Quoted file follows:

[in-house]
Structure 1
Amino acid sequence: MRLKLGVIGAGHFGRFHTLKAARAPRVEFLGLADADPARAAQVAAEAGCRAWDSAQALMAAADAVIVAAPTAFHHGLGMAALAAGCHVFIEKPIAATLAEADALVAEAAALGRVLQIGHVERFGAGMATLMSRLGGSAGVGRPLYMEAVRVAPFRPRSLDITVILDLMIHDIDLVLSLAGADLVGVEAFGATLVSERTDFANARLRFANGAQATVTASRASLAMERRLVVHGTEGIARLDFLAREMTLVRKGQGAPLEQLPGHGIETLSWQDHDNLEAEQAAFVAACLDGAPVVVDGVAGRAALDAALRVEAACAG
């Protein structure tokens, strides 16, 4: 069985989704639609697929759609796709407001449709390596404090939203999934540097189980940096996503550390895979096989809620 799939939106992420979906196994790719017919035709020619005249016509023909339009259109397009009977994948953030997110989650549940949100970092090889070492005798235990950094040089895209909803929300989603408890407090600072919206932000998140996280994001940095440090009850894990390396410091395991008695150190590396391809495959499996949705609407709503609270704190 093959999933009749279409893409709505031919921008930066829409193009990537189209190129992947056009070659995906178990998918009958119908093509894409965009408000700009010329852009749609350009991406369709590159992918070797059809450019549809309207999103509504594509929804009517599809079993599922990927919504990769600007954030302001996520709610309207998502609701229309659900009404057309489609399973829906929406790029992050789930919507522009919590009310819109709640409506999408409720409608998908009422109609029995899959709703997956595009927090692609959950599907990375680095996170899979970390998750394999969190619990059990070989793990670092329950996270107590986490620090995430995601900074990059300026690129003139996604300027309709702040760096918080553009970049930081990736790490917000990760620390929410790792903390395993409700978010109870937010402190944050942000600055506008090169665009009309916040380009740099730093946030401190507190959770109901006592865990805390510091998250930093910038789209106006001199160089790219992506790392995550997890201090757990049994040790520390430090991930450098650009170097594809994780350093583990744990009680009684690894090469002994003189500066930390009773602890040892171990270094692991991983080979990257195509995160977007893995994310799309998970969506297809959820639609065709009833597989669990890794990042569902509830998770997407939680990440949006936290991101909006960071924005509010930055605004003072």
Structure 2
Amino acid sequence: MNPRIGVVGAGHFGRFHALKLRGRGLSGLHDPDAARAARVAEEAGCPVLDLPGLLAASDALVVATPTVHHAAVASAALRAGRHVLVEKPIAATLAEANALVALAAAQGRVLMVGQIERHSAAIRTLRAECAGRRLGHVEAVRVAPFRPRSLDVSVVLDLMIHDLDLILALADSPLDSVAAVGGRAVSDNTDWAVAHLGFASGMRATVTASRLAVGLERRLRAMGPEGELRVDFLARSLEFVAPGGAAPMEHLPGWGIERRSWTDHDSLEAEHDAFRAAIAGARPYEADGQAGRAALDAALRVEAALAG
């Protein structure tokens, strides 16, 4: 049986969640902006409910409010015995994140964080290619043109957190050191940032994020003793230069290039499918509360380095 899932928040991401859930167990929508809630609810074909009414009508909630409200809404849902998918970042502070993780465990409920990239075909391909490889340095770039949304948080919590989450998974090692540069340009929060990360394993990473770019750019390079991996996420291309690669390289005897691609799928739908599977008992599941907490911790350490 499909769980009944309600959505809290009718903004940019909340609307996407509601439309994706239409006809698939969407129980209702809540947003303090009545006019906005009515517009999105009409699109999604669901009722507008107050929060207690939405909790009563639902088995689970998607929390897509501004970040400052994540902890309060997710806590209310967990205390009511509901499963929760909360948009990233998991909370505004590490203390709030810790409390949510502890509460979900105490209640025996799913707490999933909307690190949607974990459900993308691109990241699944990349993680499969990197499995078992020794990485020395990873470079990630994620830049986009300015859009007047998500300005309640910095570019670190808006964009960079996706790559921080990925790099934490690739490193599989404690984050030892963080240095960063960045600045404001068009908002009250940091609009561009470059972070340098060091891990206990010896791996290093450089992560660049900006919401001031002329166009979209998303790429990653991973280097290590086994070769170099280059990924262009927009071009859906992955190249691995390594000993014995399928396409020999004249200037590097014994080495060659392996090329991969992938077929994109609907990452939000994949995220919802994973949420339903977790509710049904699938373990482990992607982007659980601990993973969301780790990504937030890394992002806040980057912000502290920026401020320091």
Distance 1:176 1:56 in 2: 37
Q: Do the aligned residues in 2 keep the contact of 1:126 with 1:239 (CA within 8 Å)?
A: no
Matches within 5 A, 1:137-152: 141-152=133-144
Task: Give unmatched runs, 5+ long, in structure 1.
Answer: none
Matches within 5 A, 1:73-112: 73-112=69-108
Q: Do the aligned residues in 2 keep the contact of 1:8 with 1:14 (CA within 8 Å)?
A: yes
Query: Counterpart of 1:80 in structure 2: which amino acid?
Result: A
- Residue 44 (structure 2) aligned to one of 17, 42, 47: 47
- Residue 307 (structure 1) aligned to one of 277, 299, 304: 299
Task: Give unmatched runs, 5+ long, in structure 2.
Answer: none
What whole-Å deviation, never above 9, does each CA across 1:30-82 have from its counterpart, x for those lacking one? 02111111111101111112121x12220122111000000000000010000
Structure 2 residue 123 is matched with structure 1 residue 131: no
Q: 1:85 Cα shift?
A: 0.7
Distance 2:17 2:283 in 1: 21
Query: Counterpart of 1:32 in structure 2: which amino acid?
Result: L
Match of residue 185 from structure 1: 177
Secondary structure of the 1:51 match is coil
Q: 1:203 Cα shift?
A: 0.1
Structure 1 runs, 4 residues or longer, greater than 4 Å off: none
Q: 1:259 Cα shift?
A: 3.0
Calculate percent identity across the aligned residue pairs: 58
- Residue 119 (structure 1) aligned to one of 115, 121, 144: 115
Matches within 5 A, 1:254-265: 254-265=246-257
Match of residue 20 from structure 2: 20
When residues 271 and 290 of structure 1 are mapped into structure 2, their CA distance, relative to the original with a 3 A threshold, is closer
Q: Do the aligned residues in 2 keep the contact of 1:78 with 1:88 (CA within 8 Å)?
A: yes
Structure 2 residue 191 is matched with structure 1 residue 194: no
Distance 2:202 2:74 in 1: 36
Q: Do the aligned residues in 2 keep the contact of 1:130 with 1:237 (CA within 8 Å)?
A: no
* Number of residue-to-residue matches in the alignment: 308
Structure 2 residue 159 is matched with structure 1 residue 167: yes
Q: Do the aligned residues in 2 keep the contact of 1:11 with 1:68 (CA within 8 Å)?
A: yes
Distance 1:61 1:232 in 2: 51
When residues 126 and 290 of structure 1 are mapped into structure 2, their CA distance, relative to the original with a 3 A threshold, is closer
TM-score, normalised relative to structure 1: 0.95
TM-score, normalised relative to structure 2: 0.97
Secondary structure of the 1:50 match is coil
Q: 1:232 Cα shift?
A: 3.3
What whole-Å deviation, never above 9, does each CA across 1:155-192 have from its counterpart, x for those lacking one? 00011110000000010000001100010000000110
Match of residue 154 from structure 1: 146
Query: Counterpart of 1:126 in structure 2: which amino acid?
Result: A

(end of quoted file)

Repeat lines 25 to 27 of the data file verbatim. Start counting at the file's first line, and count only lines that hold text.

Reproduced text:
Q: 1:85 Cα shift?
A: 0.7
Distance 2:17 2:283 in 1: 21